IAQ stands for indoor air quality, and it is an important factor in the health of your home. This is a rating of how pure the air is inside your home and other buildings.
Air quality is directly related to the health and comfort of the people who spend time in that place.
Common indoor pollutants include mold, pollen, smoke (from cooking or tobacco products), cleaning products, pesticides, radon, carbon monoxide, and volatile organic compounds (VOCs).
Because air inside homes and workplaces is often recycled through the HVAC system, these pollutants remain inside, and all the while, more are being added. Filtration systems help improve IAQ, but there are more ways to get cleaner indoor air.
Pure Maintenance of St. Louis these strategies below, along with an explanation of how poor air quality affects you home and family.
How Air Quality Impacts a Home
You and your family spend more time at home than anywhere else, so the air quality of your home is extremely important.
If someone in your home has an allergy — mold, for example — it’s obvious that mold in the air would make them sick. But other air pollutants can be just as irritating as an actual allergen.
IAQ Short-Term Impact
Some people are more sensitive to air quality conditions and will have immediate reactions, while others do not. A person’s age and pre-existing medical conditions are factors that can lead to more sensitivity to IAQ.
Similar symptoms of common cold and other viruses
It can be hard to tell if your symptoms are a result of poor air quality or something else. Pay attention to where and when your symptoms are occurring. If they seem to get better or worse in a certain area (like home), your symptoms may be related to air quality.
Fortunately, short-term symptoms of low air quality usually go away on their own, or they are treatable with over-the-counter medications.
Unfortunately, poor air quality can exacerbate symptoms of asthma or actually bring about a first asthma episode.
IAQ Long-Term Impacted
There is not sufficient research to determine which pollutants play a bigger role in causing chronic diseases. Another big factor is the individual being exposed to poor IAQ. One chemical may affect one individual, while another may be more harmful to a different person. These individual reactions make the study of IAQ and its long-term effect on health very complex.
How to Improve IAQ
Poor ventilation is the main cause of low air quality.
Some air pollutants are produced inside your home, like cooking odors, tobacco smoke and pet dander.
Indoor air also takes on pollutants from outside. There is no way to prevent this. It happens when you open the door or windows to your home, or when particles enter your home on your clothing, shoes or pets.
You cannot prevent pollutants from coming inside or being produced within your home, but you can take measures to improve the air quality in your home.
Here are a few things you can do:
- Change the filters in your home – A filter’s purpose is to collect pollutants so you don’t end up breathing them. A clogged filter cannot do this job adequately. The HVAC filter is an obvious one, but there are many other devices in your home that have filters, including appliances, vacuums and even aquariums.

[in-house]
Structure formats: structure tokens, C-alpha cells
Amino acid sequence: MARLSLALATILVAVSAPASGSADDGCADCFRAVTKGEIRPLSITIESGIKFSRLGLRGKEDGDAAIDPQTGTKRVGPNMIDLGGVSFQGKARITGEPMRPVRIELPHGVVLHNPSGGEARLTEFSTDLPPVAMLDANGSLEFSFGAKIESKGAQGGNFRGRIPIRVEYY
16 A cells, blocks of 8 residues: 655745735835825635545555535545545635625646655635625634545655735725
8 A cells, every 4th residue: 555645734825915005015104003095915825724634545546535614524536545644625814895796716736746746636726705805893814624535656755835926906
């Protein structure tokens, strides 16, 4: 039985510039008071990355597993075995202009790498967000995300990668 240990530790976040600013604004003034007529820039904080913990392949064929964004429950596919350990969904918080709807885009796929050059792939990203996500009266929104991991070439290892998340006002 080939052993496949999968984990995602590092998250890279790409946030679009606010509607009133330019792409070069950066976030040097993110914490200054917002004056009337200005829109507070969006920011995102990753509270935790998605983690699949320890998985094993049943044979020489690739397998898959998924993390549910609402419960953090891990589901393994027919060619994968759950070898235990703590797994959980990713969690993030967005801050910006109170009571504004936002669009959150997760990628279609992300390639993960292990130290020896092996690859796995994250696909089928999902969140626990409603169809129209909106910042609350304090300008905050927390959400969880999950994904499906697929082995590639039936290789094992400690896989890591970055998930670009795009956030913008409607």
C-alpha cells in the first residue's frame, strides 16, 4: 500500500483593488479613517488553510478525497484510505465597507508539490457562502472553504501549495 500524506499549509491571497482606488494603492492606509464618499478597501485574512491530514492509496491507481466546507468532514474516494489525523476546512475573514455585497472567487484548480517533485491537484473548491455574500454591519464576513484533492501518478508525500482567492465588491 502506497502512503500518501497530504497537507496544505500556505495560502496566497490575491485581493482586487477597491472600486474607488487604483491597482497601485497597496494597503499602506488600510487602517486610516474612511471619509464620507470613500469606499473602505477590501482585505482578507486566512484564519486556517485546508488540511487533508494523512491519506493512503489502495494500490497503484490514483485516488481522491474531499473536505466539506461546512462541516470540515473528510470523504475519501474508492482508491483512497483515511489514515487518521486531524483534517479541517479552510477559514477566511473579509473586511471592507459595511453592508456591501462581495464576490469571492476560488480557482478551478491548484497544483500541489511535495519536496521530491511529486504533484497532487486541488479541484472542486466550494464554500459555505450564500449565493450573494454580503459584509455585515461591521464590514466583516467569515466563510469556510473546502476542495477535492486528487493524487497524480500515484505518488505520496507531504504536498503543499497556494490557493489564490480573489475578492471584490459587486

- Clean the air ducts – The inside of air ducts are rarely seen by homeowners. They are hard to reach and even harder to clean, which creates the perfect environment for mold and mildew. Not to mention that all of the dirty air from your home passes through these ducts, so a wide variety of pollutants can get stuck in the vents. Have an HVAC professional clean your ducts periodically.
- Use your stove and bathroom vents – Food odors are actually tiny particles in the air. Gas and electric stoves also release particulates while in use. And the bathroom has its own moisture and odor problems. Fortunately, the use of exhaust fans is very effective in removing odors and excess moisture from both of these areas, as long as you use them consistently.
- Clean carpets, rugs, and upholstery frequently – Don’t overlook the soft surfaces in your home. Carpet and upholstery capture particles and release them back into the air. The good news is that if you are cleaning these items frequently, you are removing those particles before they are re-released. Your home will smell fresher as well.
- Control humidity in your home – Excess humidity is the main cause of mold and mildew in a home. During hot, humid parts of the year, use your thermostat to keep indoor temperatures down in order to eliminate humidity. You can also place dehumidifiers throughout your home to lower household humidity, making your home less susceptible to mold and mildew — and generally more comfortable for your family.
- Add indoor plants – Plants naturally freshen indoor air by filtering out toxins and CO2 while replenishing the oxygen supply. Be careful, though, because overwatering can lead to mold.
Scheduling Mold Testing
Doing all of the things above will keep the air inside your home cleaner and fresher. This benefits your family’s health and makes your home more comfortable and fragrant. Attaining better air quality for your family takes a little work, but maintaining it is just a matter of upkeep.
Professional mold testing is another thing you can do to ensure the IAQ of your home is acceptable. A mold test is simple and quick, and you’ll know if the air inside your home is safe or if there are high levels of mold leading to low IAQ.
For most homeowners, scheduling a mold test is the first step in the eye-opening process of gaining better air quality.